It’s girlish and fluffy. There are bright colors on the girls’ uniforms and entertaining names for their magical attacks. When they’re not transformed, Usagi and her friends are often shown in their school uniforms, or in some other fashionable sorts of clothes, and in that way, Usagi isn’t much like other heroes we see in entertainment.
Usagi is one of the most ordinary heroes I’ve ever seen, especially when I was in grade school. When she encounters a monster for the first time, she doesn’t know exactly what to do to defeat it. Actually, she freaks out and starts to cry. She isn’t even the strongest of the Sailor Scouts, the group of heroes in the show. She isn’t the smartest – that’s Sailor Mercury. She isn’t the strongest – Sailor Jupiter is the strongest physically, and Sailor Venus is the strongest fighter.
It’s only after several battles, interactions with other heroes, and learning from her mentor Luna that Usagi truly becomes a champion of justice, a young woman transformed not only in the most literal sense but also internally, and becomes able to deal with the horror and tragedy of the events that surround her.
It can be difficult, sometimes, to pinpoint exactly what about a character is appealing, to figure out – at least at the time – why one character, one series, one show appeals in such an intense and necessary way.
And Sailor Moon, as a series, did affect me in a very remarkable way. I used to play pretend at it at recess and with my younger sister. I drew a lot of really embarrassingly awful Sailor Moon pictures. I even used to wake up super early on school days to sneak into the living room and watch episodes of the show at 6 in the morning.
(My parents sitting in the audience back there may or may not be surprised to hear about that, actually.)
In some ways, it seems obvious what was important to me at the time. Fighting bad guys? Check. Saving the world? Check. Cool-looking, brightly-colored costumes? Double check.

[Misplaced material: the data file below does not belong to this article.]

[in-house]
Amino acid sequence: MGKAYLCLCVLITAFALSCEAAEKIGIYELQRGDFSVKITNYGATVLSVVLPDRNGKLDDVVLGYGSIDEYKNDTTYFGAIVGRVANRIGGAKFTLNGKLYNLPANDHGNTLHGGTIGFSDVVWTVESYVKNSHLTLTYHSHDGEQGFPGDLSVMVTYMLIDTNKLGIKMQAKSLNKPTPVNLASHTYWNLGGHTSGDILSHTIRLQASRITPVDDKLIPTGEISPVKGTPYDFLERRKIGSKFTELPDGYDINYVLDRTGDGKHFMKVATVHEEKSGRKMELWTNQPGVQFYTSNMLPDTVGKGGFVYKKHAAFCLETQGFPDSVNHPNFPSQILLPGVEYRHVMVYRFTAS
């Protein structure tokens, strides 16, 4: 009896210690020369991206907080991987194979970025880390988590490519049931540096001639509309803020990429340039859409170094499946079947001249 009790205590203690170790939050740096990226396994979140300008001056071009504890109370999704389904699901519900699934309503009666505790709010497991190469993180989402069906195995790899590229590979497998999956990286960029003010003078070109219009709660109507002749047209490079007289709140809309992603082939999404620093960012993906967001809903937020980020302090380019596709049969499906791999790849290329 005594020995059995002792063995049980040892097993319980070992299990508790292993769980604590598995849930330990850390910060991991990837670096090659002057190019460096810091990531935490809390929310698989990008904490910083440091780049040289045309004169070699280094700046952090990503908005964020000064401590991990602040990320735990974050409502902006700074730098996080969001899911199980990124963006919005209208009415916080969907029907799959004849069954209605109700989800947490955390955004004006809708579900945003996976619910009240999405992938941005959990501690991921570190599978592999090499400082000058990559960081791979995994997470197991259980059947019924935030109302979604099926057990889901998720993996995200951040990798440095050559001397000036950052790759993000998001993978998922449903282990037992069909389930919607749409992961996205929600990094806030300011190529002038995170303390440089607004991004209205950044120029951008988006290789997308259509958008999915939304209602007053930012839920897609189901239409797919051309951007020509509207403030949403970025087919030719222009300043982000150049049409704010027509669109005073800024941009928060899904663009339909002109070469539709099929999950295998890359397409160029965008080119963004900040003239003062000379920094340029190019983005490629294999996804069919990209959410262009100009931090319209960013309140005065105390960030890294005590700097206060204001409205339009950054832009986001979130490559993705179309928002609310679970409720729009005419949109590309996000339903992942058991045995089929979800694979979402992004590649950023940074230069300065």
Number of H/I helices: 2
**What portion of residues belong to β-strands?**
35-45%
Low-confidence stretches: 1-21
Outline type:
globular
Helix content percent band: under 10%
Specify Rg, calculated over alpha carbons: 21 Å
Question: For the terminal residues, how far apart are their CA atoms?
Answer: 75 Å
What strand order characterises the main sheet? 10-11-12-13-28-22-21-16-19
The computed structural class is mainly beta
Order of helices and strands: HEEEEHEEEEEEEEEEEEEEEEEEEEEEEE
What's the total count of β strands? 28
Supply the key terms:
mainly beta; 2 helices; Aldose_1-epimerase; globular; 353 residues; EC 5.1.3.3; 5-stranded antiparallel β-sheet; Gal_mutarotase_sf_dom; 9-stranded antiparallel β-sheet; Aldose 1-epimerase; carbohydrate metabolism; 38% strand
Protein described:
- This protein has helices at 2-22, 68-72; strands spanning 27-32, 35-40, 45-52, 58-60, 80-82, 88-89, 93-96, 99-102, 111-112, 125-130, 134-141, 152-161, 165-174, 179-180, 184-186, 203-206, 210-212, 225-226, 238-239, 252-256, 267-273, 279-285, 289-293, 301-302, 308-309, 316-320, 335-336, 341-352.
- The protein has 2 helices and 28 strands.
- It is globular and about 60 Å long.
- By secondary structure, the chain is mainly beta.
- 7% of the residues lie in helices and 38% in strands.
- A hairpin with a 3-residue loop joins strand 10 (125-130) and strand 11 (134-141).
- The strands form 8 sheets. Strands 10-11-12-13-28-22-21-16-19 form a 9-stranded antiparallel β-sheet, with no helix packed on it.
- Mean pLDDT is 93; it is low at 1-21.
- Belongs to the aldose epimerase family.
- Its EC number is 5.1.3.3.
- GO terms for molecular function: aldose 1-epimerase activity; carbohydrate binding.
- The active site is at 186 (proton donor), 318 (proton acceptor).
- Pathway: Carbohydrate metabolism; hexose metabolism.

It can be difficult, sometimes, to pinpoint exactly what about a character is appealing.In the simple and shallow ways, it’s obvious what I liked about the show. We’re talking about the girl who read a Wonder Woman comic five years later and liked it because she beats up Batman in it. And don’t get me wrong: Sailor Moon is full of fun. The magic is pretty cool to look at on-screen and in the comics. The series is funny, and in the original anime, Usagi’s facial expressions (and her trademark silly hairstyle) are absolutely priceless. And I’ll never slam something that shows that girls who like “girl things” like skirts and makeup can be strong and powerful, too.
But sometimes, a young woman can look back at what she latched onto as a girl and put together a few pieces to realize and understand exactly what was so important.
To provide a little context, I would have started fifth grade in the fall of 2001. And I know I’m not the only person who needed a hero at that time.
In retrospect, then, and with thirteen years of distance, it’s easy to see what was so very appealing to the 10-year-old me about a teenage girl who was surrounded by evil and darkness. As a 23-year-old, I know now what I didn’t know then: that in a time when everyone around me felt powerless, I needed to see someone who began without strength and transformed over time to gain it.
Feliza Casano is a Toledoan born and bred, though she’s absconded to the East Coast for her education. She founded Girls in Capes in January 2013 with the help of some really fantastic staff writers. Now she writes for all sections of the site, and she’s the one behind GiC’s Facebook and Twitter. Follow her on Twitter @FelizaCasano.
For more magical girls, check out Feliza’s more in-depth discussion of Magical Girl Anime to watch now on Hulu or Crunchyroll.